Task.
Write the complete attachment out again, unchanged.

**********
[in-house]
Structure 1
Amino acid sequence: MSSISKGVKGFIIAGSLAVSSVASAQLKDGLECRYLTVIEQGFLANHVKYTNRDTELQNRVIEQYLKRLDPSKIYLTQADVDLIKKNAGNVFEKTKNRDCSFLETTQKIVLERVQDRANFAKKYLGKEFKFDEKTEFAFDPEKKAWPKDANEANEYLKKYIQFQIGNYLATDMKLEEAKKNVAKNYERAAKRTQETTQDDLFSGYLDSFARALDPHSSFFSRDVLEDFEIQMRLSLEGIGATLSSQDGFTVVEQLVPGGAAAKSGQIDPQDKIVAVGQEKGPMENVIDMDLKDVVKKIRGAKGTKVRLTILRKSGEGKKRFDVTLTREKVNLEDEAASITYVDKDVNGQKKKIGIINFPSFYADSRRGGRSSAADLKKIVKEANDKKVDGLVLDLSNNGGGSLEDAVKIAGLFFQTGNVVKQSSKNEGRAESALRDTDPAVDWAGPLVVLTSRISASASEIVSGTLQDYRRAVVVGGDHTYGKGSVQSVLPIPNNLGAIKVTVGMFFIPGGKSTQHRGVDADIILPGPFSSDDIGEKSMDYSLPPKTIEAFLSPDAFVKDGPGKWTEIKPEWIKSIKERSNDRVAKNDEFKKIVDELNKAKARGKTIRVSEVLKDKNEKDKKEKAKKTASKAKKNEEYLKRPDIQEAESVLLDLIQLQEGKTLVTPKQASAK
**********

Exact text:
[in-house]
Structure 1
Amino acid sequence: MSSISKGVKGFIIAGSLAVSSVASAQLKDGLECRYLTVIEQGFLANHVKYTNRDTELQNRVIEQYLKRLDPSKIYLTQADVDLIKKNAGNVFEKTKNRDCSFLETTQKIVLERVQDRANFAKKYLGKEFKFDEKTEFAFDPEKKAWPKDANEANEYLKKYIQFQIGNYLATDMKLEEAKKNVAKNYERAAKRTQETTQDDLFSGYLDSFARALDPHSSFFSRDVLEDFEIQMRLSLEGIGATLSSQDGFTVVEQLVPGGAAAKSGQIDPQDKIVAVGQEKGPMENVIDMDLKDVVKKIRGAKGTKVRLTILRKSGEGKKRFDVTLTREKVNLEDEAASITYVDKDVNGQKKKIGIINFPSFYADSRRGGRSSAADLKKIVKEANDKKVDGLVLDLSNNGGGSLEDAVKIAGLFFQTGNVVKQSSKNEGRAESALRDTDPAVDWAGPLVVLTSRISASASEIVSGTLQDYRRAVVVGGDHTYGKGSVQSVLPIPNNLGAIKVTVGMFFIPGGKSTQHRGVDADIILPGPFSSDDIGEKSMDYSLPPKTIEAFLSPDAFVKDGPGKWTEIKPEWIKSIKERSNDRVAKNDEFKKIVDELNKAKARGKTIRVSEVLKDKNEKDKKEKAKKTASKAKKNEEYLKRPDIQEAESVLLDLIQLQEGKTLVTPKQASAK